The Runner’s Guide To Choosing And Maintaining Running Shoes

In life we often strive for perfection. In athletics, however, recognizing limitations and pushing past them is the ultimate goal.

Aside from putting in the miles, a lot goes into developing your skills as a runner. You’ve got to buy a wardrobe (that’s the fun part) and hunt down a sports bra that doesn’t make your boobs resemble a bowl full of jiggling Jello. After downloading a music player or running app, the only Herculean task left is finding running shoes.

It can be a pricey, jogger-eat-jogger world out there for ladies who aren’t sure what kind of athletic shoe to buy. To help break down the do’s and don’ts of running shoes, we contacted Emily Carano, global product line manager of Athletic and Racing for Saucony.

With more than a decade of experience under her belt, Carano had plenty of practical tips for shoe buying and care. Whether you’re a new runner or time-tested marathoner, take heed.

Take a good, long look at the runner you really are.

Every time we buy a new pair of leggings, we make lofty commitments to hit the gym more often and run 10 miles instead of three. It’s important, however, to be realistic about big purchases.

“If you're looking for a new shoe, [look] at your current shoe and how many miles you've put on it,” Carano says. “It's sometimes nice to not run in the same exact shoe every day just to keep your body in check, too.”

Before laying down your credit card for the newest, most complex pair of sneakers, consider your everyday needs. Are you a long time jogger who will need several pairs of sneakers to mix up your routine? Do you usually hit the pavement or a dirt trail? Pick kicks that fit your routine.

Prioritize fit over price.

Hands down, the best way to ensure you’re purchasing the right pair of shoes is by visiting a running store that sells multiple brands. Carano’s quick to emphasize that all feet, just like fingerprints, are slightly different. For example, arches come in various heights, and foot width changes depending on the person.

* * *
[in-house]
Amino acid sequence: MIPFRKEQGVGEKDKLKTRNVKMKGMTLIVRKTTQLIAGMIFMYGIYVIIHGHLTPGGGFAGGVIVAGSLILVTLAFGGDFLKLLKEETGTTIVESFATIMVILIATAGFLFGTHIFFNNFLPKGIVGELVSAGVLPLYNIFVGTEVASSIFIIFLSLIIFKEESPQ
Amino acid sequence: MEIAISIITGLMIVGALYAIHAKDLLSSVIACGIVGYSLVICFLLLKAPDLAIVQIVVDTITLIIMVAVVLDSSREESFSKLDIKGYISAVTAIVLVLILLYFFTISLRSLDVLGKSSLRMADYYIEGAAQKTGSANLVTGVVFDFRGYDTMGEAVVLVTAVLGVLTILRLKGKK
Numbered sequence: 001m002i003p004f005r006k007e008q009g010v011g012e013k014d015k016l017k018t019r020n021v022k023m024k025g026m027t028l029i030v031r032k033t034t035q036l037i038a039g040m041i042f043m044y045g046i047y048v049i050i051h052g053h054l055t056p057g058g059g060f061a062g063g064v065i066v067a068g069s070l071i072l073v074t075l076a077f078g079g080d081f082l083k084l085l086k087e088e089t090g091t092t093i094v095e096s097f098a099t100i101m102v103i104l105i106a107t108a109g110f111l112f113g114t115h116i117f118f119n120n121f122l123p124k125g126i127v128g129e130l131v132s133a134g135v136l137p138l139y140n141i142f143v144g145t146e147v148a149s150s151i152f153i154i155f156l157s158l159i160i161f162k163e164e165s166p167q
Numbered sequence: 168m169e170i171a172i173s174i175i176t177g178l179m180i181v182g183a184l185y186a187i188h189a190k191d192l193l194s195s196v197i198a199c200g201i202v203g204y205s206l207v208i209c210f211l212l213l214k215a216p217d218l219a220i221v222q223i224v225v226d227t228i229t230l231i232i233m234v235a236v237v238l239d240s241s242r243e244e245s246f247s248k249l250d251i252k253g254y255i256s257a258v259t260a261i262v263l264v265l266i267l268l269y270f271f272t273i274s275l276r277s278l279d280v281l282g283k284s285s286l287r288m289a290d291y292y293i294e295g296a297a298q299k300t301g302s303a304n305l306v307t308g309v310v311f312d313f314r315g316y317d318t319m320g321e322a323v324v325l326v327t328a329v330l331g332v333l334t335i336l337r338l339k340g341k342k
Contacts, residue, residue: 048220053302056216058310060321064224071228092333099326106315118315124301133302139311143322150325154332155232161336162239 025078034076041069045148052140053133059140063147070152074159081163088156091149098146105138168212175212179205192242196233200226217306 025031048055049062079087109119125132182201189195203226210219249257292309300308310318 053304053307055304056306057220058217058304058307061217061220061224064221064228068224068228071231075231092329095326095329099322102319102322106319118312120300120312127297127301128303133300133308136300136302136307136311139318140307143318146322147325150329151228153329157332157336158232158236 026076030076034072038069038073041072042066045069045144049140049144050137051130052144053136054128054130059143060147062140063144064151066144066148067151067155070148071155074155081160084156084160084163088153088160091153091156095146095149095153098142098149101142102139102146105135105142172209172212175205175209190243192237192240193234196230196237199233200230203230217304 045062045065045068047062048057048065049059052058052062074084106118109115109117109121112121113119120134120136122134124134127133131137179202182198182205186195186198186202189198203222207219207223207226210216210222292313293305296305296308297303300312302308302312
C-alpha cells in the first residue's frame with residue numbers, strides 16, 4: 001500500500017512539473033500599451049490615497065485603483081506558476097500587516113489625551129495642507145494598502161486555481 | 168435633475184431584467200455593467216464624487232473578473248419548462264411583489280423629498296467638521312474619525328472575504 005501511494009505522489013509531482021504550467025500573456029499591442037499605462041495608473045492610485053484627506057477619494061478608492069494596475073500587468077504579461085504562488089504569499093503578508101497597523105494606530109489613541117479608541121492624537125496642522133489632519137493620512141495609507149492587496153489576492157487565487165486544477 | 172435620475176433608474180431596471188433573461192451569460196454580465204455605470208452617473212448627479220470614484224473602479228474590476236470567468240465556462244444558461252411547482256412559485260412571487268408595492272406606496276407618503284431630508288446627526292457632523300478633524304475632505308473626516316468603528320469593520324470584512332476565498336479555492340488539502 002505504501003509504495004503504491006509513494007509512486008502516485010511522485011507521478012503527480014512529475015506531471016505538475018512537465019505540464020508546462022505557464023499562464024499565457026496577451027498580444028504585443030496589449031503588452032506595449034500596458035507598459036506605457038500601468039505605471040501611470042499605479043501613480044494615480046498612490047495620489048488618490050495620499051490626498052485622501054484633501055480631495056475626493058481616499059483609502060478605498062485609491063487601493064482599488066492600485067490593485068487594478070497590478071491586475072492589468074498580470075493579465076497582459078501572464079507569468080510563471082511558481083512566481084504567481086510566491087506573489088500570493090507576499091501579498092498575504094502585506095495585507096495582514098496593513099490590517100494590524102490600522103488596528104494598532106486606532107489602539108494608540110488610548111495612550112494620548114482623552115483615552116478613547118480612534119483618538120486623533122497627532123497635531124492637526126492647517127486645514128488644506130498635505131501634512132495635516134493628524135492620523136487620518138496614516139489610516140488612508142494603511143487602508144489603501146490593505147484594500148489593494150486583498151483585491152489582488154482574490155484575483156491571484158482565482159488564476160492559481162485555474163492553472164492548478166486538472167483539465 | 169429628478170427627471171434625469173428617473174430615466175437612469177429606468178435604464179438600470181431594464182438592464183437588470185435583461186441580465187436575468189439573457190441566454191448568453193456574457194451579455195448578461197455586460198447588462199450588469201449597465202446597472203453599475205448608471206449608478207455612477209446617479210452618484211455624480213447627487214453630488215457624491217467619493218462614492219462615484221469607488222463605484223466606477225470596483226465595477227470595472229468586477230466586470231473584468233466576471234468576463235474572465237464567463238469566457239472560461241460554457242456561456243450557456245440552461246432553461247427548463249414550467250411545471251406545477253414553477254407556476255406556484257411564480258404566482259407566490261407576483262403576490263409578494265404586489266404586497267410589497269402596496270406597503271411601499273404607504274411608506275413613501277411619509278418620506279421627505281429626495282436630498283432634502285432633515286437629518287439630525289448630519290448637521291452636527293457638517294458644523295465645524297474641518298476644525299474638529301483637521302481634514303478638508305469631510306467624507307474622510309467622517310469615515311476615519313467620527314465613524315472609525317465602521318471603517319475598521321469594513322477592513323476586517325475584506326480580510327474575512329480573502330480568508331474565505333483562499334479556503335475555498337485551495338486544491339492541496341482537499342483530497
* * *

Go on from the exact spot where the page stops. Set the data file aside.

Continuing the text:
She says,

[Staff will] look at your foot type. They'll look at if you overpronate or if you just have a neutral foot. They'll look at the width of your foot, what terrain you're running on, how many miles you're running, and they'll try to find a shoe from every shoe company that is similar.

The most important point here: The shoe you need should be available by several brands and at different price points. Deciding how much money to spend on sweat-wicking tech fabrics should be the last decision you make. What you buy should always be based on budget and personal preference.

Keep your shoes dry and cool.

Now that you’ve found your dream shoes, it’s time to take them for a spin. According to Carano, you shouldn’t have to bring Band-Aids along to your first run in anticipation of blisters. Today’s running sneakers use smart fabrics, so the break-in period won’t last for days. You should be able to run immediately.

Once you’ve wrapped up that last, sweaty mile, your mind should turn towards taking care of your shoes. After sliding your shoes off, allow them “to breathe” in an open-air space, instead of just stuffing them into your gym bag. If they’re damp from rain or perspiration, Carano recommends stuffing them with newspaper overnight to soak up any extra moisture.

Don’t forget to keep an eye on the temperature as well. Carano emphasizes heat, like the kind from closed cars, can cause your shoes’ plastic elements to lose shape.

Know when it’s time to say goodbye.

Just when you’ve fallen in love with running in your new shoes, it seems as if they no longer give you the spring they once did.

While it may be hard to tell, Carano offers up a fairly universal measure of the lifespan of a running shoe.

She says,

If you're looking for a new shoe, typically they last three to five hundred miles. That's kind of what our gauge is.

Aside from miles ran, a good way to measure a “dead” shoe is by examining its cushioning as well as your own body’s reaction to the run. If the cushioning is mostly compressed, for example, you may feel an increased soreness in your knees after a lengthy jog.

The good news is once you’ve been fitted, you’re free to shop online. Many athletics stores allow product filtering by width and terrain. This digital tool will help you find a specialized shoe.

New shoes = more happy trails.

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Emily Arata